Harry Potter and the Philosopher’s Stone
“You’re a wizard, Harry.”
Harry Potter doesn’t have the best life – orphaned at a year old, he is abandoned on the doorstep of his horrible relatives, the Dursleys, and is made to sleep in a cupboard under the stairs.
Then, just before his eleventh birthday, the owls start arriving, intent on delivering a letter to him. Determined to ensure that Harry doesn’t get the letter, his Uncle Vernon packs the whole family into the car, and they take refuge in a ramshackle house on a rocky island. Enter Rubeus Hagrid, who informs Harry that he is no ordinary boy – he is a wizard, and has a place at Hogwarts School of Witchcraft and Wizardry.
Harry is swept off to a brand new world of magic, feasts and adventures far removed from his cupboard under the stairs, but things are happening that could end his new life before it really begins …
Director: Chris Columbus
Screenplay: Steve Cloves
Based on: Harry Potter and the Philosopher’s Stone by J.K. Rowling
Running time: 152′
Rating: PG (UK), PG (USA)
Release dates: November 16th 2001 (UK), November 16th (US).
Box Office Gross: $974,755,371 (Worldwide)
Distribution: Warner Brothers
Buy: DVD / BluRay / Ultimate Edition / Book
Harry Potter and the Philosopher’s Stone is also known as Harry Potter and the Sorcerer’s Stone in the USA.
Daniel Radcliffe – Harry Potter
Rupert Grint – Ron Weasley
Emma Watson – Hermione Granger
Richard Harris – Professor Albus Dumbledore
Maggie Smith – Professor Minerva McGonagall
Alan Rickman – Professer Serverus Snape
Robbie Coltrane – Rebeus Hagrid
“Most important among the latter, of course, is Radcliffe. The boy’s regular features, slightly shaggy dark hair, clear eyes and round specs make him instantly embraceable as Harry, and his performance goes on to strike the right balance between normal, but not exceptional, brightness and the gradual understanding of the extraordinary powers he possesses.” – Variety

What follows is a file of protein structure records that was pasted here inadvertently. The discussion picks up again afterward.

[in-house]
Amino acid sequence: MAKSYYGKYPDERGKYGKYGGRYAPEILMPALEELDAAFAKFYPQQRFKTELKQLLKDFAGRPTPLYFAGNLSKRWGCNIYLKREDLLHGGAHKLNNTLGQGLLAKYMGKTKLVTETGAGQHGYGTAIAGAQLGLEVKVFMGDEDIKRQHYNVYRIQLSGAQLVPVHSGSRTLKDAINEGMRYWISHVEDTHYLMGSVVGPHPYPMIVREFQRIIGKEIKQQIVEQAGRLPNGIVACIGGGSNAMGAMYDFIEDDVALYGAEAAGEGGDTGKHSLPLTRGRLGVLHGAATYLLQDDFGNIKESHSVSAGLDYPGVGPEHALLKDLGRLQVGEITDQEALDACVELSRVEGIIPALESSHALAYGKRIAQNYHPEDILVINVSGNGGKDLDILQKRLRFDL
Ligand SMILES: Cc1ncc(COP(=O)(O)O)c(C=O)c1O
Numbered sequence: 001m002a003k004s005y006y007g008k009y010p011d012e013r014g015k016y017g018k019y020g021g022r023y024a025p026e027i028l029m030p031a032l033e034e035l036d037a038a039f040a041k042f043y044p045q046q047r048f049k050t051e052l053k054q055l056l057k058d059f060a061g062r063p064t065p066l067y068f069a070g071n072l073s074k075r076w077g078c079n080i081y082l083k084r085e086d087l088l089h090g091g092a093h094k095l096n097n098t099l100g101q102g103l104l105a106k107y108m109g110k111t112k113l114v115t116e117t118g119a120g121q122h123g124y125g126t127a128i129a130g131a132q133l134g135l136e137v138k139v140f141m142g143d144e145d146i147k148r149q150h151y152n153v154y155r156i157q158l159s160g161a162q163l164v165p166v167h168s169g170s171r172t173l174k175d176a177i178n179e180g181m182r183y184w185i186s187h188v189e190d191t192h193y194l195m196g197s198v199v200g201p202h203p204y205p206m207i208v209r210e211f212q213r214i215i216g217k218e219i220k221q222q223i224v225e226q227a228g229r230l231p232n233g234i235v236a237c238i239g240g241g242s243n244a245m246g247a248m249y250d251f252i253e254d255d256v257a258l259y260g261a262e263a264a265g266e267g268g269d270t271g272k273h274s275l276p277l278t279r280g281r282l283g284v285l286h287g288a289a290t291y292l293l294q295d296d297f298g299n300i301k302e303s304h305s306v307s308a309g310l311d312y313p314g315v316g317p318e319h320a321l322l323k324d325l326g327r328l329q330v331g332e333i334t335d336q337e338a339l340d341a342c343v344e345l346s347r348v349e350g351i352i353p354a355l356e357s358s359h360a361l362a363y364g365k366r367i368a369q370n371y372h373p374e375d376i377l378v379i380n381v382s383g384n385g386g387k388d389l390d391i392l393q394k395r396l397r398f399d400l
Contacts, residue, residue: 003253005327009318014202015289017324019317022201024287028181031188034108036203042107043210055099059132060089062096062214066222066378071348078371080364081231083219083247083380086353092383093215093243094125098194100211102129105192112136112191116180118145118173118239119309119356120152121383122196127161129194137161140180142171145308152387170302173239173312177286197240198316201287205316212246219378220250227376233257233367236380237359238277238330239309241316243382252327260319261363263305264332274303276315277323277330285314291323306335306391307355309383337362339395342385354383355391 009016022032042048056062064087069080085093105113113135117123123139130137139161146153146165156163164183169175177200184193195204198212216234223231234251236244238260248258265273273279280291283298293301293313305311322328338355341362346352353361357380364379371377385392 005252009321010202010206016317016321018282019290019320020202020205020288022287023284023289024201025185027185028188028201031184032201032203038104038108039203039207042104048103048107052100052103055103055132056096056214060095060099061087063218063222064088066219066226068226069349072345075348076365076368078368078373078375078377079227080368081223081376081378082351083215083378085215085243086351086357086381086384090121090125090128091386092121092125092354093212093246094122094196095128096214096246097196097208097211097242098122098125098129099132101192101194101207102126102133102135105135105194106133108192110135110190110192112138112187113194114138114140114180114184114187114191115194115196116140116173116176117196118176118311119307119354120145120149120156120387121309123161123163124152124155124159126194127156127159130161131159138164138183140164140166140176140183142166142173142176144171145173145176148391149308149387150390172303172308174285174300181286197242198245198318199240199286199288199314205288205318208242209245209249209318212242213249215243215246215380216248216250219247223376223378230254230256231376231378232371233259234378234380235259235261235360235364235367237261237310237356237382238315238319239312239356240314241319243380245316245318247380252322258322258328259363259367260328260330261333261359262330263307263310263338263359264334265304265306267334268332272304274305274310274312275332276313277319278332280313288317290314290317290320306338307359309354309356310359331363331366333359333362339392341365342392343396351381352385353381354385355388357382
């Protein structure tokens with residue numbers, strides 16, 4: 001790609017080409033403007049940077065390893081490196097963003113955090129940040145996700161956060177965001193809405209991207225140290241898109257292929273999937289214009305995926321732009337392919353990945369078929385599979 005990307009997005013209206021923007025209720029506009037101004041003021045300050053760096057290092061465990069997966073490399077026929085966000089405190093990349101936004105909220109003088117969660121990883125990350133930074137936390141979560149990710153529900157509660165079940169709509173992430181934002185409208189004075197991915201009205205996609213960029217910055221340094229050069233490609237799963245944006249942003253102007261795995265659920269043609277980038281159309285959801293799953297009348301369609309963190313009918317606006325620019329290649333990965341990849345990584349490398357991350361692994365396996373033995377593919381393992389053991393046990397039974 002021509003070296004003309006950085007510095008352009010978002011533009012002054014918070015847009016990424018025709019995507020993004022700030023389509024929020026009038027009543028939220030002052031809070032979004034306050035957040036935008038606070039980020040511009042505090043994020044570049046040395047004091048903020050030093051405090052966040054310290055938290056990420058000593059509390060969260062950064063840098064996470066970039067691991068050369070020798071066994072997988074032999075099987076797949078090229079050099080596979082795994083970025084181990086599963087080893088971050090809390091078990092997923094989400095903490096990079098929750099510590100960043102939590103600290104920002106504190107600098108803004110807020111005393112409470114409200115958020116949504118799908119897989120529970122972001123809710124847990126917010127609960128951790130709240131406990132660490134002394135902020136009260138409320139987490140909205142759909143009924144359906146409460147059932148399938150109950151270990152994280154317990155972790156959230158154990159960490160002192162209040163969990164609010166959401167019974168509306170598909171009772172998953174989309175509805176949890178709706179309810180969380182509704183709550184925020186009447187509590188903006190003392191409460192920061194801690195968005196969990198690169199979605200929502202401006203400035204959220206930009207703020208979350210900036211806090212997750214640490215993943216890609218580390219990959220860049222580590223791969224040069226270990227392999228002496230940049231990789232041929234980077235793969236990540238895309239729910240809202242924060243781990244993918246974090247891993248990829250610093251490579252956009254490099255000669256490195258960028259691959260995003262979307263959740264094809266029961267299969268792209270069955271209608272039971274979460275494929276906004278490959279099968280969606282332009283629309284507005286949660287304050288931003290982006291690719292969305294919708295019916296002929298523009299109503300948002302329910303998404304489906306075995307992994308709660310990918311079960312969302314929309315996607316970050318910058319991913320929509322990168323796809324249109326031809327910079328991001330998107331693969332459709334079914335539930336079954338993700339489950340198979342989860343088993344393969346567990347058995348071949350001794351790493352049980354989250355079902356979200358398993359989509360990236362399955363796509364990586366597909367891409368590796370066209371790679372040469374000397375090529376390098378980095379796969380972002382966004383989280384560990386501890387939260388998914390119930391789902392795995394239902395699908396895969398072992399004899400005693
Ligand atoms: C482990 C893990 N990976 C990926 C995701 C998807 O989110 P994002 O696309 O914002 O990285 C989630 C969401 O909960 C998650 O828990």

“But there is a tingle of knowingness in him, a refusal to be taken aback, that goes beyond British grit; in short, he looks slightly too old for wonder, and you never really doubt that he will cope.” – The New Yorker
“It’s Radcliffe who leads us through Harry’s journey from open-jawed underdog to pint-sized hero. Sympathetic and strong, brave and believably ordinary, he becomes the audience’s counterpart in this weird world of witches and wizards.” – Empire
“Radcliffe’s mature self-possession, his soft handsomeness and unfussy sweetness as Harry play off the Our Gang gung-ho spirit of ginger-headed Rupert Grint as classmate Ron Weasley.” – Entertainment Weekly
“Young Radcliffe — with his turned-up nose, round black glasses, and wide-eyed aura of beguiling amazement — is perfect as Harry.” – CNN